They Are Calling for Ribat

The term ribāt  in Arabic means a course of action whose purpose is to persevere with patience so as to outlast the enemy at what is considered a front-line location of conflict.

In the Hadith we find: "Muhammad Ibn Ka’b al-Quradhī (رحمه الله) said, “(And perform ribāt) against My enemy and your enemy until he abandons his religion for your religion” [Tafsīr Ibn al-Mundhir]."

And here is how it is used in response to the news of the dramatic increase in numbers of Jews observing the ritual stringency who ascend to the Temple Mount:

الرباط الكثيف والمواظبة عليه داخل الاقصى هو الحل الوحيد لمنع هذه الزيادة الخطيرة جدا...

which translates as 

intensive and diligent ribat is the only solution to prevent this very dangerous increase...

As explained at my source, the linguistic root of ribāt stems from the term used for the binding (irtibāt) of horses in preparation for the enemy just as their enemy binds their horses in preparation for them. The word then was extended to describe those stationed at frontier posts defending those behind them whom the enemy desires to harm with evil, whether the enemy has horses he has bounded or is on foot without a riding animal for himself.

Males performing this duty are murābitīn and the females are murābitun because
“A day of ribāt for Allah’s cause is better than the world and everything it contains. [Reported by al-Bukhārī and Muslim from Sahl Ibn Sa’d]."
It's a serious business:

"Since the revival of jihād more than thirty years ago, mujāhid leaders have stated that jihād – on the personal level – consists of strides on a roadmap towards shahādah. One first performs hijrah to the lands of jihād (now, dārul -Islām), then gives bay’ah, pledging what it entails of obedience (sam’ and tā’ah) to the amīr (now, the Khalīfah)...then trains (i’dād) for the purpose of jihād, then patiently spends months of rībat, serves countless hours of guard duty (hirāsah), then fights (qitāl) in battles and kills (qatl) whom he can from amongst the kāfir enemy, and finally achieves shahādah."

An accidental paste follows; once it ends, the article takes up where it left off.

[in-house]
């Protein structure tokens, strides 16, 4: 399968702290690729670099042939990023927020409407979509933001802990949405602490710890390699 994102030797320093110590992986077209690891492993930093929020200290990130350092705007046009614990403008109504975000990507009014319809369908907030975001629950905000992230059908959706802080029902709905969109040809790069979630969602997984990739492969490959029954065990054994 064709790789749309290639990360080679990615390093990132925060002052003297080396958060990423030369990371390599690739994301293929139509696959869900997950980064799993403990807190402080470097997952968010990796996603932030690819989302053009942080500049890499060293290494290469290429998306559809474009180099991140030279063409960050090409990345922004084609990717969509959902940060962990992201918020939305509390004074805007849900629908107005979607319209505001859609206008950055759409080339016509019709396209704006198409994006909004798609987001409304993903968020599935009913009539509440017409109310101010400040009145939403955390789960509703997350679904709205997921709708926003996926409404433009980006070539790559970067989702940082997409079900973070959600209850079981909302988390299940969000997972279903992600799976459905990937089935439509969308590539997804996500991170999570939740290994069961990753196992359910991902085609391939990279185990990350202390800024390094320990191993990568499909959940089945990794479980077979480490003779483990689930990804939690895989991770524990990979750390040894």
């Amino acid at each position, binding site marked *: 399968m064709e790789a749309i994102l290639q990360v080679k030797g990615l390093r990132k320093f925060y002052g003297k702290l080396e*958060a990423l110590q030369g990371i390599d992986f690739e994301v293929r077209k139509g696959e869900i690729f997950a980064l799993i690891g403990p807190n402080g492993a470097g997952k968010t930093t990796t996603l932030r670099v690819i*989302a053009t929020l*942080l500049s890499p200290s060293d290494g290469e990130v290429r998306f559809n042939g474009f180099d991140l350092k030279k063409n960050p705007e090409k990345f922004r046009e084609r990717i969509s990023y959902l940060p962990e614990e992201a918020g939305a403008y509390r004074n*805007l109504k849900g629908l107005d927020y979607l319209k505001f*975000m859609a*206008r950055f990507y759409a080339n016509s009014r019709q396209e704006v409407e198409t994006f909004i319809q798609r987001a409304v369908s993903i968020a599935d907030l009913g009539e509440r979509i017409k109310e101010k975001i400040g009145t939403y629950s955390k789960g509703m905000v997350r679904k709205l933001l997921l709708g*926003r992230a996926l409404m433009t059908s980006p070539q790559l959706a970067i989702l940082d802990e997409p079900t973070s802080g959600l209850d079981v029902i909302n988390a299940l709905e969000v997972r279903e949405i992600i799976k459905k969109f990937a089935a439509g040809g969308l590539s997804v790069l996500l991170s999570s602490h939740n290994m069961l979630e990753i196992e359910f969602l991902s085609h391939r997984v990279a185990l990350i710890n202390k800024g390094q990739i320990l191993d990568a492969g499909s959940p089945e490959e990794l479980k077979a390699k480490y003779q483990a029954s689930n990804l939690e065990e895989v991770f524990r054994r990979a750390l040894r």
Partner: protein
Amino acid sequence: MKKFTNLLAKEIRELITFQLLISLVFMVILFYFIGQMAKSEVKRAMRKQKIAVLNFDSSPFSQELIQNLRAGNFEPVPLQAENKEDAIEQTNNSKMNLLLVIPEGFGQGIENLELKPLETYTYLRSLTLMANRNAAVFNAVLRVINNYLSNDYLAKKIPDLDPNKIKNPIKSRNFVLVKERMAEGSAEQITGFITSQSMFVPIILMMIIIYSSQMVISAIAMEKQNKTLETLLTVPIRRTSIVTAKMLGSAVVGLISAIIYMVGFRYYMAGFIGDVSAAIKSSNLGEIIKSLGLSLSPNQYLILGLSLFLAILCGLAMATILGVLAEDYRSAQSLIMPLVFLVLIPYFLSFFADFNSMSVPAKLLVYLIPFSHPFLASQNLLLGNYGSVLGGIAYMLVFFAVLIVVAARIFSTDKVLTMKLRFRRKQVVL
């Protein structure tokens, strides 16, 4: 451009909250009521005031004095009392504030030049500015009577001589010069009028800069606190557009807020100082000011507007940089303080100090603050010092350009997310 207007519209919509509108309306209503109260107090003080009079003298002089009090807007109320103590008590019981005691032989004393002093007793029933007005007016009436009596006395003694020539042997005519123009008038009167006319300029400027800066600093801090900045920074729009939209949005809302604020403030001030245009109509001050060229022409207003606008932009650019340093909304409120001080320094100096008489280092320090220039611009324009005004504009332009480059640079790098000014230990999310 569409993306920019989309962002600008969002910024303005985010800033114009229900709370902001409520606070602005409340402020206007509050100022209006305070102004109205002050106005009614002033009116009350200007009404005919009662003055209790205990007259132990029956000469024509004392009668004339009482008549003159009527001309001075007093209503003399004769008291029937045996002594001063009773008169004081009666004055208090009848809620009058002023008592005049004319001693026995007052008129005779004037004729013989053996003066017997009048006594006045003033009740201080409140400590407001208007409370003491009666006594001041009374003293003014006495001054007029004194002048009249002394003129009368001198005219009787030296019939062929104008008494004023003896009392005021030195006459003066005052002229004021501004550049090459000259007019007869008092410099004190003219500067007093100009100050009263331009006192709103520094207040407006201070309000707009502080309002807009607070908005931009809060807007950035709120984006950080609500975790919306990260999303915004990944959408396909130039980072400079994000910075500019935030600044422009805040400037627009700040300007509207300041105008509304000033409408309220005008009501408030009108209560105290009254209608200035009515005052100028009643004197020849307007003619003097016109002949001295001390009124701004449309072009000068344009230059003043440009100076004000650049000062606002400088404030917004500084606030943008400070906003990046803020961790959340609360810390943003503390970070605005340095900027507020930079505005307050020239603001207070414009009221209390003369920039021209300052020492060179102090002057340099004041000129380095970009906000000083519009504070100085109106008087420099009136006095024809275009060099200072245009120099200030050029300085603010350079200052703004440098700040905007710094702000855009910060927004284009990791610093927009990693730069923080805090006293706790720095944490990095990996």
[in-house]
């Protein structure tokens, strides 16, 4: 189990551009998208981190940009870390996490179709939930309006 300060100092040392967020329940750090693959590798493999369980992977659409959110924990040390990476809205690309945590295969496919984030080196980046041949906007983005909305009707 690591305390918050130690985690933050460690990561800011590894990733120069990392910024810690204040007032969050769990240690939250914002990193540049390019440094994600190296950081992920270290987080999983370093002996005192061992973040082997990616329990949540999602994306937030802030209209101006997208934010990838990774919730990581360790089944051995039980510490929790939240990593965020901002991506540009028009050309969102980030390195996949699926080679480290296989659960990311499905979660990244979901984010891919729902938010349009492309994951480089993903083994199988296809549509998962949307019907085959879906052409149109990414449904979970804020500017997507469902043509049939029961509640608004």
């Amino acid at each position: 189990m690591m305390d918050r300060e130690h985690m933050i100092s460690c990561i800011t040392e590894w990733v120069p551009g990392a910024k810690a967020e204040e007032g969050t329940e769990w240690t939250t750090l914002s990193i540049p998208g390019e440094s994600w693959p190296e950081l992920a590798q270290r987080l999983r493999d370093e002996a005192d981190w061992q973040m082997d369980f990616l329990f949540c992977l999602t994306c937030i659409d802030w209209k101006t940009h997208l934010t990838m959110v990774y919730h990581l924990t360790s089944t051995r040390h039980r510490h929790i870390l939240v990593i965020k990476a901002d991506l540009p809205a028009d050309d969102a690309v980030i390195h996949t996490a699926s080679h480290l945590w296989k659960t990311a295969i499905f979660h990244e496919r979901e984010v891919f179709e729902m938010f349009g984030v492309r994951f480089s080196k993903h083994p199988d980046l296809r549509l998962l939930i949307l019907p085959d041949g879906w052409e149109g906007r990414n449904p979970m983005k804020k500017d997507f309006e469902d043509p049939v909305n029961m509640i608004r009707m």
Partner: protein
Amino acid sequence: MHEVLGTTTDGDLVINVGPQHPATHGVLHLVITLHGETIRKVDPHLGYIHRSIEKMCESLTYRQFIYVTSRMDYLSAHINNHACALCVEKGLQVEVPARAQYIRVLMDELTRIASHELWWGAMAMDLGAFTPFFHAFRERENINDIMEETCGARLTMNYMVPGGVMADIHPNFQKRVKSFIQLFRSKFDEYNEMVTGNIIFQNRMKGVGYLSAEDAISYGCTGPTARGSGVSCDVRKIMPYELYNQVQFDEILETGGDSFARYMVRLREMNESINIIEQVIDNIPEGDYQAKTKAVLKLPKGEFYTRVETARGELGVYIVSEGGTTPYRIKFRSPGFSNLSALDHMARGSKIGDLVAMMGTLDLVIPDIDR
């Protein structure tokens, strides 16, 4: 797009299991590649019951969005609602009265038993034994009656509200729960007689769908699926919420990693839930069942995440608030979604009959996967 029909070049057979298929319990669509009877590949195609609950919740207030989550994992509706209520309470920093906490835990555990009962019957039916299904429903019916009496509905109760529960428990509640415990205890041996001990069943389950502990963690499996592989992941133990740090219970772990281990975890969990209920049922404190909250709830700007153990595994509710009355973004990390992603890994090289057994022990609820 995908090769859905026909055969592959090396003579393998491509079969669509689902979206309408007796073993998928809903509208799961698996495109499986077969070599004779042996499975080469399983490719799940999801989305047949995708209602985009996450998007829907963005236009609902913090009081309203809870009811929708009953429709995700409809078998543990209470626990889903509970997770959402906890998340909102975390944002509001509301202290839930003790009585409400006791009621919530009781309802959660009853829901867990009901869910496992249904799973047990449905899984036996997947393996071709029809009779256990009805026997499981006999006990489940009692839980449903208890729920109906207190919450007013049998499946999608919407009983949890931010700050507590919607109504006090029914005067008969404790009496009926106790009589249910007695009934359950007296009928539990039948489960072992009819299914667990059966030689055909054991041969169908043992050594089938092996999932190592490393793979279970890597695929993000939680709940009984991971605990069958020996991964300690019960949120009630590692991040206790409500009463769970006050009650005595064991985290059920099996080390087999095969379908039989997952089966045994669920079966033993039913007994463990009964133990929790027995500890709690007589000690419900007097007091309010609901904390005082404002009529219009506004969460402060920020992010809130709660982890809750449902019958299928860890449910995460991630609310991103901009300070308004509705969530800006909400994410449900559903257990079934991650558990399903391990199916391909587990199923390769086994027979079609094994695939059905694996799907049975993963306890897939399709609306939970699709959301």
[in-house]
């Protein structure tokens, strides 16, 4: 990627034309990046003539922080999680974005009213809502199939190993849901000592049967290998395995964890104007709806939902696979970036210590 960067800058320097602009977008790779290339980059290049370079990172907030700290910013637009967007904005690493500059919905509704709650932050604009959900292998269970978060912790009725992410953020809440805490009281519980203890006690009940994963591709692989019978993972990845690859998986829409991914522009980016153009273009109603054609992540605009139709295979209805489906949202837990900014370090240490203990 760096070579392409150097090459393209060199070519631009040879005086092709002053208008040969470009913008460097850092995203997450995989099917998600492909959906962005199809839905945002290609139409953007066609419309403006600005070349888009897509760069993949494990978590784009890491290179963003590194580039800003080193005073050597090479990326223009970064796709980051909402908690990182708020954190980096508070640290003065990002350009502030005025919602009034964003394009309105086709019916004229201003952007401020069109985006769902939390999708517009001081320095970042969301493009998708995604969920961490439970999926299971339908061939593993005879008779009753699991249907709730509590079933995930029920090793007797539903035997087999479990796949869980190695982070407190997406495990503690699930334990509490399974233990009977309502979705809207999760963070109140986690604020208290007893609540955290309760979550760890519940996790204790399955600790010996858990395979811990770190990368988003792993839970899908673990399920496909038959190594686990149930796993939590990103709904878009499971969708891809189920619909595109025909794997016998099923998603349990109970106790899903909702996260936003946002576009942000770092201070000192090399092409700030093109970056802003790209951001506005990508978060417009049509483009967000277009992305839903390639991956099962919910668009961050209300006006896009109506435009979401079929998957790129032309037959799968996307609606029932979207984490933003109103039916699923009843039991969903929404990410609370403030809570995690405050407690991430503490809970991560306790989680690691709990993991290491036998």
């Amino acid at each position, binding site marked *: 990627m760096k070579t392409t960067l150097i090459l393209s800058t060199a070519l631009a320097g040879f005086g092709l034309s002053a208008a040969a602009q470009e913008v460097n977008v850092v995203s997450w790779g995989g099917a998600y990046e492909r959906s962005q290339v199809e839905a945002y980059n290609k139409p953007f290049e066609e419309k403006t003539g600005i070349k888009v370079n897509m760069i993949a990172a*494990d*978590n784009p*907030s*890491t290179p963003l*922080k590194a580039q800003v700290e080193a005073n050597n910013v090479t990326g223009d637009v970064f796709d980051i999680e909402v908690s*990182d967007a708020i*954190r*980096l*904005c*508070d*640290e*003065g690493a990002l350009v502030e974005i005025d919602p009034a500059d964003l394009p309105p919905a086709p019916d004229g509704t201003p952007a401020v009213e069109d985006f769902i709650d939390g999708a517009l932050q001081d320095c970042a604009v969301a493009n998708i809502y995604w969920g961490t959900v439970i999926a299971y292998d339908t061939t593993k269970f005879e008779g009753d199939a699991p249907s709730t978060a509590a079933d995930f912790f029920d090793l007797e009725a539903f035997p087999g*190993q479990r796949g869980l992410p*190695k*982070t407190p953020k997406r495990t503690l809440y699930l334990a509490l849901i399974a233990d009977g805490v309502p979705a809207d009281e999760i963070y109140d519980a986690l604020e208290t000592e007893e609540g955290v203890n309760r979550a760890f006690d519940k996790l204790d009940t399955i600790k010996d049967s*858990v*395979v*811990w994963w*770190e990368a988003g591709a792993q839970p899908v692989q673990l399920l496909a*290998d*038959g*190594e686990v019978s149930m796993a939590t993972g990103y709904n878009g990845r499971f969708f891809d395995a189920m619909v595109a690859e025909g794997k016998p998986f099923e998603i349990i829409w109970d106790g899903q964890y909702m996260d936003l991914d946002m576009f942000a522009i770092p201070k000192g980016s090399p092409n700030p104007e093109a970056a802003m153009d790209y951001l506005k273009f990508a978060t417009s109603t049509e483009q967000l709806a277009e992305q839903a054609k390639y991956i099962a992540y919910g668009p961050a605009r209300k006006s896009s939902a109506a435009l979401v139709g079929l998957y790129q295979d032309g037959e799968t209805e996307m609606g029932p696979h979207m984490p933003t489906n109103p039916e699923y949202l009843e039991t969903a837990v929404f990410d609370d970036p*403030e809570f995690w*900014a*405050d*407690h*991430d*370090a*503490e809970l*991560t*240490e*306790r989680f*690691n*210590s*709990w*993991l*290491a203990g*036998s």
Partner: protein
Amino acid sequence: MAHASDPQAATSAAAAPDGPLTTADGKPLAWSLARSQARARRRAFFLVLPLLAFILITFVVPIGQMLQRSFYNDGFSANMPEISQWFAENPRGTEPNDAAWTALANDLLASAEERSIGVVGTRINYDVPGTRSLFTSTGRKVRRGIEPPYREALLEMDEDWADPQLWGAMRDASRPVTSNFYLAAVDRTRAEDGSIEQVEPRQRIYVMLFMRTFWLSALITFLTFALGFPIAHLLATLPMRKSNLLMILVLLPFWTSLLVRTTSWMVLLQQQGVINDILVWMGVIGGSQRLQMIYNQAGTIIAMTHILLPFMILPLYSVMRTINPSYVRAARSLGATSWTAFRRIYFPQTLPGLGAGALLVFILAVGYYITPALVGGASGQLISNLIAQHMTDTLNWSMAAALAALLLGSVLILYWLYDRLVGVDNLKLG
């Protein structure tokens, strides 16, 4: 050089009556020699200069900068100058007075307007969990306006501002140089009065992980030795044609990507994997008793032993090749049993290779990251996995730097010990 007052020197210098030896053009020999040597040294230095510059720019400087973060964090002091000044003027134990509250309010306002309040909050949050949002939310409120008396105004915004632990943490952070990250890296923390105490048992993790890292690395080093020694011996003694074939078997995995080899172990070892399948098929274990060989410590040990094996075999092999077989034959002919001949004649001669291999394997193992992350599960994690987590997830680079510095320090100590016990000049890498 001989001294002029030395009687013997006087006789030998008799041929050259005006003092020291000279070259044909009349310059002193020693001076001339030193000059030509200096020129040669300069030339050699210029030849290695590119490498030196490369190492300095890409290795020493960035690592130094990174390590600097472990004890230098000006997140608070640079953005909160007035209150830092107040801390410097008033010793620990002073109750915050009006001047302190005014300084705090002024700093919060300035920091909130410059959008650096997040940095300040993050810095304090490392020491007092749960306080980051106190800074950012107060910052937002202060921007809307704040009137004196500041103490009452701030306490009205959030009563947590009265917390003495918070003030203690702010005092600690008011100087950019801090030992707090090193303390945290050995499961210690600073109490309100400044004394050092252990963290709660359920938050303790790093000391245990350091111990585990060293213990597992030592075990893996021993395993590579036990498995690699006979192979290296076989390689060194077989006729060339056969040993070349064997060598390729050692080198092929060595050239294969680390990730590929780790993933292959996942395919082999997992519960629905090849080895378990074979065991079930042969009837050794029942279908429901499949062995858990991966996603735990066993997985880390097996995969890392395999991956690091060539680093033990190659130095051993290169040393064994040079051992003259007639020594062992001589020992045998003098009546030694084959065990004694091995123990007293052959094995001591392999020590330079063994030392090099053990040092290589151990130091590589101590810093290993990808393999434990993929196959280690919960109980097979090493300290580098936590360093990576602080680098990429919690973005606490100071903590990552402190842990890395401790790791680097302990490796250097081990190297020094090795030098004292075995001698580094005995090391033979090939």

which leads us back to a decision taken by Internal Security Minister Gilad Ardan to proscribe them two years ago.


The Grand Shaikh of Al-Azhar, the oldest university in the Muslim world, said on Friday that the battle with the Zionists is not only about Al-Aqsa Mosque, but also the rest of the 35 acre sanctuary around it, Quds News Agency has reported.

“Al-Aqsa Mosque is not a small area of land,” explained Shaikh Ahmed Al-Tayeb. “The sanctuary also includes the Dome of the Rock Mosque, wells and corridors.” All of them, he pointed out, make up Al-Aqsa Mosque.  The Zionists want to take over Al-Aqsa. Referring to the Dome of the Rock as Al-Aqsa Mosque is a deceitful Zionist plan.

The Grand Shaikh’s comments came just days ahead of Al-Azhar’s International Conference about Jerusalem, which is scheduled to be held in Cairo on 17 and 18 January.

But the fuller version is worse:

Sheikh al-Tayyib said that the West's intention to grant Palestine to the Jews was to gather them in a place and expel them from Europe, to deny some of the Holocaust it had committed against the Jews, and because the antagonism of the Christian traditions of Judaism is traditional and inherited in the blood of many Western Christians, whether they are rulers or ruled.
Dr. al-Tayeb responded to the claim of some of them that the Aqsa Mosque mentioned in the Koran is not the Al-Aqsa Mosque, which we know in Palestine but it is a mosque on the road to Taif, saying: 

Whoever claims that it is trumpet of the horns of the Zionists in the East, which is not based on evidence or evidence of evidence; it is attributed to this talk to the realist, and reference to the writings of this world, Al-Waqqadi says in al-Maghazi (3 / 958-959): The Messenger of Allaah (peace and blessings of Allaah be upon him) ended up on the night of Thursday for five nights from Khu`l al-Qa'dah, and he lived in al-Jaranah thirteen. When he wanted to leave for the city, I stayed the night at night, I was deprived of the Aqsa Mosque, which is under the valley of the maximum enemy, and was a chapel The Messenger of Allah (peace and blessings of Allaah be upon him) was not allowed to enter the valley except for a mahram. He still did not meet until he received the pillar. What is the connection between this? Al-Aqsa Mosque, in which Allah said: "Al-Aqsa Mosque, which we have surrounded." Al-Jawqadi speaks about two mosques, one near and the other after him. He described them as the maximum and the lowest on what is used by the scholars. He did not mean that this mosque is named al-Aqsa and the other is its lower name. Who does not distinguish between the name and description.